The audience you attract through the non-commercial keywords are making informational queries – that is, they look for answers to questions (What should I look for when buying a second hand car or Can you really learn a language online?). These particular phrases should be guiding you towards the type of content you need to be creating. This content, powered by the progressively more in-depth and sophisticated keywords around your product or service, will serve as a guideline as to how the lead is progressing in your sales funnel. The more complex and narrow the content gets, the more nurtured the lead is within the sales cycle, until ultimately they are ready to make a purchase.
If you have a blog post that answers these questions, you will attract the audience to spend more time on your website, read your content and discover more about your product. This particular type of audience tends to be more prone to subscribing to emails and newsletters, which is fantastic as these are the type of leads you want in your marketing funnel.
- Compile a list of 10 keywords your audience uses to indicate commercial intent
- Compile a list of 10 keywords and phrases that your audience uses to indicate interest in your product, but are not yet ready to buy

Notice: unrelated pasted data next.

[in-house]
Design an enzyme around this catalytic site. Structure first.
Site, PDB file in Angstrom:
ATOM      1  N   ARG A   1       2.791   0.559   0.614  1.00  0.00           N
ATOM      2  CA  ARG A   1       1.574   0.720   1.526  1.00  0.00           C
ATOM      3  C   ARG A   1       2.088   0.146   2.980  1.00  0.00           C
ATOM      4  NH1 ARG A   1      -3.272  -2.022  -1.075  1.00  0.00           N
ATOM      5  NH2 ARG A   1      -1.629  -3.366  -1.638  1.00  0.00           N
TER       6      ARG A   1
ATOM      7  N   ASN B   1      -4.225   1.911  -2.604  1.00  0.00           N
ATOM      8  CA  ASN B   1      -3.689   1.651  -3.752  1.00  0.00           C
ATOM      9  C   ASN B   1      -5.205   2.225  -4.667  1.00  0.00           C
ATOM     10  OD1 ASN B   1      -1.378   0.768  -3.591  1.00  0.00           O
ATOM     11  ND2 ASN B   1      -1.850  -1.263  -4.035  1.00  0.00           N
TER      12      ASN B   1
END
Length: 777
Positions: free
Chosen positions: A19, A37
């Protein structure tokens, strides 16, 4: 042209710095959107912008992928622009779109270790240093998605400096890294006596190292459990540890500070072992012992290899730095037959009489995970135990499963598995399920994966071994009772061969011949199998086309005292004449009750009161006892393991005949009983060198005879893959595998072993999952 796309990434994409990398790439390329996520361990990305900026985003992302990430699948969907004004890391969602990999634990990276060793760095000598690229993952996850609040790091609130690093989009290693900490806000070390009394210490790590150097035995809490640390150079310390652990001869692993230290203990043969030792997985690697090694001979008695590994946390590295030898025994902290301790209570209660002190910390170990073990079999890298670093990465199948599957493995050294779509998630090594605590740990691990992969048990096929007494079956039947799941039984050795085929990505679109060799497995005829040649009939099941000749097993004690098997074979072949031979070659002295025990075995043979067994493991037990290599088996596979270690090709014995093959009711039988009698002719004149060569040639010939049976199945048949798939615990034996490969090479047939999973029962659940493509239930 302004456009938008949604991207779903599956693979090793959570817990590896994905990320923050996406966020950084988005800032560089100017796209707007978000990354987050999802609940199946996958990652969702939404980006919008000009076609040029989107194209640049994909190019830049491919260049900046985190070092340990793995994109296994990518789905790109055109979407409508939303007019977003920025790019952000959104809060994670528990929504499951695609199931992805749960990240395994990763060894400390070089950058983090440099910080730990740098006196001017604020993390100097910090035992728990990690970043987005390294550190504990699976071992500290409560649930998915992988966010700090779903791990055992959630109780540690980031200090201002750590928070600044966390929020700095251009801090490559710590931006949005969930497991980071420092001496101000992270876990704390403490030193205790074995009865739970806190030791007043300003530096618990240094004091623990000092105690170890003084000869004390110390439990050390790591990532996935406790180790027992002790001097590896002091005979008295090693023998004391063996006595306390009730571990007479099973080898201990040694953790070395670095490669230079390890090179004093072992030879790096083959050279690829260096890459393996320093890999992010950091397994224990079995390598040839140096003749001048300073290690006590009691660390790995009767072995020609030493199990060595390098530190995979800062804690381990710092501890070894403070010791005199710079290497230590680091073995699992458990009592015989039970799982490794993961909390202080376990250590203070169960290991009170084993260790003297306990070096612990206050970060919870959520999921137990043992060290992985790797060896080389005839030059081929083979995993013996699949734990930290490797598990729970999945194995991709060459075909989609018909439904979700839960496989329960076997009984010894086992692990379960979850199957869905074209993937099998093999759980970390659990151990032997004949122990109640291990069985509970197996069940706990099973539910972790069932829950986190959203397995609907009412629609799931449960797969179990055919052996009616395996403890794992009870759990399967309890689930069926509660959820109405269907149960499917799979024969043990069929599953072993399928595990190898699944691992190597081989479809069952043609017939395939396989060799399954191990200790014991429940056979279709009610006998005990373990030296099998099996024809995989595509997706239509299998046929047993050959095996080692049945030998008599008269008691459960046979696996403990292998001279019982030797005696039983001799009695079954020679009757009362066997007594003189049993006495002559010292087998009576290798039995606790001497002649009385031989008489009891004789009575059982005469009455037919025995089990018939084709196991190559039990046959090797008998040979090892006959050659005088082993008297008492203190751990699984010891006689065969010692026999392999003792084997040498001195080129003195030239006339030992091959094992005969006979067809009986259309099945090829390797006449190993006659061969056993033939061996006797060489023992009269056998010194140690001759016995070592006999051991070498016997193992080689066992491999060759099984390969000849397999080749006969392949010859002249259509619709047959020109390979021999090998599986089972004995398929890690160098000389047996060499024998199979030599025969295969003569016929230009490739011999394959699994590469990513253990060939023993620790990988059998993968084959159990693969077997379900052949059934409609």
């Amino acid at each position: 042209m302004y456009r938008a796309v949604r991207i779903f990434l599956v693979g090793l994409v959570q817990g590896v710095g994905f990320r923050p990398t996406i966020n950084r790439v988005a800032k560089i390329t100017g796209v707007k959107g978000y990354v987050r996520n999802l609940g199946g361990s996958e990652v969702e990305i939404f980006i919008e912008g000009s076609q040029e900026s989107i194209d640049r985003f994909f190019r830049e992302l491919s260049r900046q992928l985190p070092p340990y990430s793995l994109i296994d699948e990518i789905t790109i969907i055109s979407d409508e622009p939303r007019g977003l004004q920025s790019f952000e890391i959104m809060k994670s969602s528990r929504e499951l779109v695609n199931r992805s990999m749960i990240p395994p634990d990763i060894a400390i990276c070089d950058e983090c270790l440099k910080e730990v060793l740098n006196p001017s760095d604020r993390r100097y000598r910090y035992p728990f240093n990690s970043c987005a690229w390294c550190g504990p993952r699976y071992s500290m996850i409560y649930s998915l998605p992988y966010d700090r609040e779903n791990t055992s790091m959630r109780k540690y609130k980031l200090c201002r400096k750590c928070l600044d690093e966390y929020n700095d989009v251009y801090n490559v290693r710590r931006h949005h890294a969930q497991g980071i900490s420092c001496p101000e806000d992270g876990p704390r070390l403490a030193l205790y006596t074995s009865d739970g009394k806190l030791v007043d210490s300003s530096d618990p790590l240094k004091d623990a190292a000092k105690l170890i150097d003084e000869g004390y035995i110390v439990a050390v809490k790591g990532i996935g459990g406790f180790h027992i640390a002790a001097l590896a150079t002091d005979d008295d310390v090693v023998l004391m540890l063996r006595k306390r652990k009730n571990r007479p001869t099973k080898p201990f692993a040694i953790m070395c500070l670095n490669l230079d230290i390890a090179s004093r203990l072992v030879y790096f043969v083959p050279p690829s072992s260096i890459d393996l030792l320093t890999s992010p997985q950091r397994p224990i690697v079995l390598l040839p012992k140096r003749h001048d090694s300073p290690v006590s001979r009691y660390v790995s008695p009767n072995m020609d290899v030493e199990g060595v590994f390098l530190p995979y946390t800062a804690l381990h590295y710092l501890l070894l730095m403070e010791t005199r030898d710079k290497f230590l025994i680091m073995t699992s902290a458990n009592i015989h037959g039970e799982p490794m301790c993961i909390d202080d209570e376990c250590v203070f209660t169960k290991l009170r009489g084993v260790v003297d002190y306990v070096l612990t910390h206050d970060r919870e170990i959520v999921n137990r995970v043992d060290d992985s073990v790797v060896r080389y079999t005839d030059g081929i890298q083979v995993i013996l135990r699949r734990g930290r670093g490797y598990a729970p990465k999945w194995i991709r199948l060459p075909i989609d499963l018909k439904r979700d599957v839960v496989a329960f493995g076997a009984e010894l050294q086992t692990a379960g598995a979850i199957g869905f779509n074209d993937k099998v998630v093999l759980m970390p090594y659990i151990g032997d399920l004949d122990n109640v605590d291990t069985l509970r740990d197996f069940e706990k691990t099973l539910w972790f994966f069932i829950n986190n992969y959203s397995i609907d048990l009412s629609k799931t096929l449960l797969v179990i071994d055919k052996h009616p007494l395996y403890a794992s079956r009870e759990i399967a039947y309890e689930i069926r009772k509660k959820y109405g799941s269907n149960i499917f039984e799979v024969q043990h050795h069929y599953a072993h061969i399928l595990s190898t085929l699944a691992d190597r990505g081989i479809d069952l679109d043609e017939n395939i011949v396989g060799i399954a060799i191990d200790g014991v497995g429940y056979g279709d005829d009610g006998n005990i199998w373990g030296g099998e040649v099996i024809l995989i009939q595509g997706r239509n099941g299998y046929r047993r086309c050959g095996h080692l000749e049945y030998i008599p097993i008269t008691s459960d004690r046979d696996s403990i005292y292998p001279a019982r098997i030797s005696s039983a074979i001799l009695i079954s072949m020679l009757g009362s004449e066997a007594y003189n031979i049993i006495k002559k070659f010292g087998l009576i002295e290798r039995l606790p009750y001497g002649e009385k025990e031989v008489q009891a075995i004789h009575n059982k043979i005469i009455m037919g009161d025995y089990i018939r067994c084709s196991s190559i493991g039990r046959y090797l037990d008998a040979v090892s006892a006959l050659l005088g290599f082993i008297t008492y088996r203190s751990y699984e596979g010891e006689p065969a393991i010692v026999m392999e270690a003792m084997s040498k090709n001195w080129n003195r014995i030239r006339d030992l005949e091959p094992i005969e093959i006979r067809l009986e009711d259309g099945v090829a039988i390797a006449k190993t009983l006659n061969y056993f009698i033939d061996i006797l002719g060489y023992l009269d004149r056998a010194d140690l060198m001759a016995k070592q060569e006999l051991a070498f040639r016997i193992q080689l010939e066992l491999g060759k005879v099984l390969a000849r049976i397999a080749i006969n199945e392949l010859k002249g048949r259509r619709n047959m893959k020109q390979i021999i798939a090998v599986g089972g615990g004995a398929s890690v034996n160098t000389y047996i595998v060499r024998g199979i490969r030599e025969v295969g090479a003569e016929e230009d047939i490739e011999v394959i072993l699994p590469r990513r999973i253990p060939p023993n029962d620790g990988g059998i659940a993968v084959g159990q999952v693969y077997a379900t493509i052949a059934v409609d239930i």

Step 2: Deliver the Right Content
So you’ve attracted the right people to your site, and you want them to sign up for your content. What does your sign up page look like?
Is it a bland page with a plain fill in form that offers no value whatsoever? Or is it a cleverly designed page, which offers access to exclusive content (PDF, eBook, special report)?
You want to build up your credibility and make it evident quite early on that you are an expert in your field and providing in-depth, informative content with quality data is a step in the right direction. You want people to look at your landing page and go ‘Wow! These guys really know their stuff! I want to learn more from them! I think they are industry leaders!’.
In order to evoke this sort of reaction, you will need to offer some Awesome Free content up front.
This content should be informative and engaging, but it should also tie up closely with your effort to navigate the lead down through your sales funnel. You are giving away content that is 80% pure, relevant, applicable data but is also 20% promotional.
This content, be it a report (Top 10 most reliable cars to buy second hand), an eBook (Top 10 tools to help you learn a new language online) or any other format, should be the first introduction to the subscriber as to what it is to participate in your community. They have given you their email address, in return you will deliver to their inboxes great content, just like the one they have just gained access to.
- Write down 3 different subjects for content, potential subscribers would like to download in return for their email address
Step 3: Those Email Marketing Campaigns
Now that you have the lead’s email, you can start sending them messages.
There is two ways you can go about this. You can either start blasting one-size-fits-all non-tailored salesy campaigns to all your subscribers, which will ultimately result in your email being deleted faster than you can say ‘search engine optimization’. Or, you can have a more targeted and long-term approach.